Several works have been published that cover various aspects of waste management technology. A basic framework that recognizes the saturation of trash bins is presented in [25], in which the gathered data are transmitted via a wireless mesh network to conserve power and increase operating time. Besides, the smart bin employs a duty cycle strategy to cut down on power demand and increase operating time. For experiment validation, this approach was tested in an outdoor environment, which demonstrated the feasibility of the system. However, the system still has some unclear issues with the implementation. In [26], a food waste collection system in which data were gathered using radio-frequency identification (RFID) technology and distributed through a wireless mesh network is presented. However, the system fails to address the data gathering possibilities from the trash bins which are located in far places as cities cover a wide area. An automated line-following automobile with a robotic hand for waste collection is proposed in [27], but it lacks any algorithms to make the waste assemblage more efficient. An intelligent bin emphasized system is proposed in [28]. To prevent waste disposal outside the bin, this work recommended a method in which monitoring happens not only within the bin but also in the immediate area around it. Infrared sensors are mounted in the bins, which sense discarded garbage from a bin as well as to measure the bin’s filled level.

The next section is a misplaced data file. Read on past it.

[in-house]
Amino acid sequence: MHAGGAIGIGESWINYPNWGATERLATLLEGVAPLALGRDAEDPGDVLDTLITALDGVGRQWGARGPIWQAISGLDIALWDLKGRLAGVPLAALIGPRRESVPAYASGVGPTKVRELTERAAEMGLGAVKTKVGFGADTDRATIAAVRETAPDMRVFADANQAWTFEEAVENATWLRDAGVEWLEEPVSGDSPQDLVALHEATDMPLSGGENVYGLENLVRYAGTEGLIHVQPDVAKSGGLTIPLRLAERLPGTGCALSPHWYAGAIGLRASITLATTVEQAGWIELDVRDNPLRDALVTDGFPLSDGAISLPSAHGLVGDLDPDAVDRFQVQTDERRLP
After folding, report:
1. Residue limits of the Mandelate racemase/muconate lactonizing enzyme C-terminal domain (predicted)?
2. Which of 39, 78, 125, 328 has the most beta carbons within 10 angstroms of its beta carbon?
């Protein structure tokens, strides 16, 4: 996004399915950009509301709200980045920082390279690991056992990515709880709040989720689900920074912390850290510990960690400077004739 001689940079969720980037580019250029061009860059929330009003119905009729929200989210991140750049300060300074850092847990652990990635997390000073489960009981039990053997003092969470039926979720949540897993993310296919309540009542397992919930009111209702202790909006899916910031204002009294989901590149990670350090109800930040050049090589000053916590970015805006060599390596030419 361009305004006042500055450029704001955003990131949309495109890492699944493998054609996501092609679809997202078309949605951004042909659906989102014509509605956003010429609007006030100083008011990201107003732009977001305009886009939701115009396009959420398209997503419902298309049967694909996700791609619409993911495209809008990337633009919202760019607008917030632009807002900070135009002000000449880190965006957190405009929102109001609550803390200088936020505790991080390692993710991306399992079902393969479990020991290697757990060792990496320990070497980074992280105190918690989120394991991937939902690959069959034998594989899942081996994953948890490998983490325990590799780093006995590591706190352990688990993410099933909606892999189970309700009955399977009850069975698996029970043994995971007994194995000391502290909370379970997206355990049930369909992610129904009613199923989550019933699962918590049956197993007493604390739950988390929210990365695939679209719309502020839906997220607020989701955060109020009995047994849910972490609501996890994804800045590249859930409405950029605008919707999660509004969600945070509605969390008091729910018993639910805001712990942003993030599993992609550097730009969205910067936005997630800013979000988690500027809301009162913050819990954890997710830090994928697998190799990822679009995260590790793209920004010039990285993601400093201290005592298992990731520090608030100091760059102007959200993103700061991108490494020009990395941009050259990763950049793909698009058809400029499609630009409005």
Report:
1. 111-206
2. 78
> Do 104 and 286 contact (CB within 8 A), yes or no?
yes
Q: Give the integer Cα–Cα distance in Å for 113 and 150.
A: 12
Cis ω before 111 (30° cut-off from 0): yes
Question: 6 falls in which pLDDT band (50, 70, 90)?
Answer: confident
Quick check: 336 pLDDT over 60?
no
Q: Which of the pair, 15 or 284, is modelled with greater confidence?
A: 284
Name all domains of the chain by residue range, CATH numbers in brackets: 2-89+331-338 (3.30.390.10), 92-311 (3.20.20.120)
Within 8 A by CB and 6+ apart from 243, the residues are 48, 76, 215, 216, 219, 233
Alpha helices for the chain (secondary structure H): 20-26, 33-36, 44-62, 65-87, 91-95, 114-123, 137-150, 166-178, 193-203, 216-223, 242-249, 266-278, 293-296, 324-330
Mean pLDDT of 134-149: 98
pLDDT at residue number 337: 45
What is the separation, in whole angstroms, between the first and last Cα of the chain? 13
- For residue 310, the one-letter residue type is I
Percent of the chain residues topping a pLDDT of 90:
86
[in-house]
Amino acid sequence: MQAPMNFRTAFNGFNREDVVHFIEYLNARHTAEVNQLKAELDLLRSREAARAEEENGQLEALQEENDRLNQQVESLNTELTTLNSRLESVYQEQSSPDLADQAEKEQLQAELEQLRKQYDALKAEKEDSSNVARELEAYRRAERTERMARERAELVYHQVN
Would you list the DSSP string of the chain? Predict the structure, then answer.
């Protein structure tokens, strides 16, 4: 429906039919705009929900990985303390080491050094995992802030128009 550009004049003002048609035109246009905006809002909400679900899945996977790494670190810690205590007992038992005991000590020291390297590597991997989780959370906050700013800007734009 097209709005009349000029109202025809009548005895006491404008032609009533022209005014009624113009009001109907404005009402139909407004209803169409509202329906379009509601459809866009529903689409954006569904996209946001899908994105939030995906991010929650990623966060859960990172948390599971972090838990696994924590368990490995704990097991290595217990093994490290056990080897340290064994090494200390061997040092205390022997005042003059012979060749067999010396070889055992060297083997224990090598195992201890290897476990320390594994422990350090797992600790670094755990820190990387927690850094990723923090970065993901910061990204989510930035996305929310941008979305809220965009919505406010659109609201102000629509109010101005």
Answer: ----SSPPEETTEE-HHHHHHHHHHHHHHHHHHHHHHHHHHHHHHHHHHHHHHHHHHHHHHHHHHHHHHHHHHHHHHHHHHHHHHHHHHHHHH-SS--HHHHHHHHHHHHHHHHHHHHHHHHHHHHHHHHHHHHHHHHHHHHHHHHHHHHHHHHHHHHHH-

A waste treatment and management system based on LoRaWAN technology is proposed in [29], a path optimization for the waste collection trucks is also mentioned in this work. Furthermore, an IoT-based network framework is proposed, but it did not offer lucidity about coordination and optimization for all garbage bins in the system. Another work in [30] developed a working prototype of smart trash bins. The proposed work focuses on segregating different forms of waste for better treatment and recycling. An integrated GPS module provides geotagging to the bins, a gas detector that senses hazardous gases, an infrared sensor that determines the filled level of the bin, a sound sensor for noise emission control, and a temperature and humidity sensor are all used with each bin. Sensors are linked to a microcontroller, which collect data and send it to a gateway through a LoRa transceiver module. The sensor data from multiple garbage bins will be received using a gateway module with a LoRa transceiver. The data will be processed locally, and the processed data will be sent to the cloud via TCP/IP and the MQTT protocol. The cloud server is enabled in such a way that alerts can be sent according to the waste levels of the bins. Furthermore, an AI-based algorithm runs to provide an optimized route for the waste-collecting trucks. An automated cloud-based sensing framework with mobile app-based control is presented in [31]. This work’s unique feature is the ability to detect foul gases as well as the amount of waste present in the bins. The proposed work in [32] suggested an intelligent trash bin monitoring system that aims to detect the filled levels of the bins and send them to a central monitoring station at far locations. This system was designed to learn from previous experiences and forecast future states based on variables such as traffic congestion in the environment where the waste bins are located, cost efficiency balance, and other factors that are difficult for humans to observe and analyze.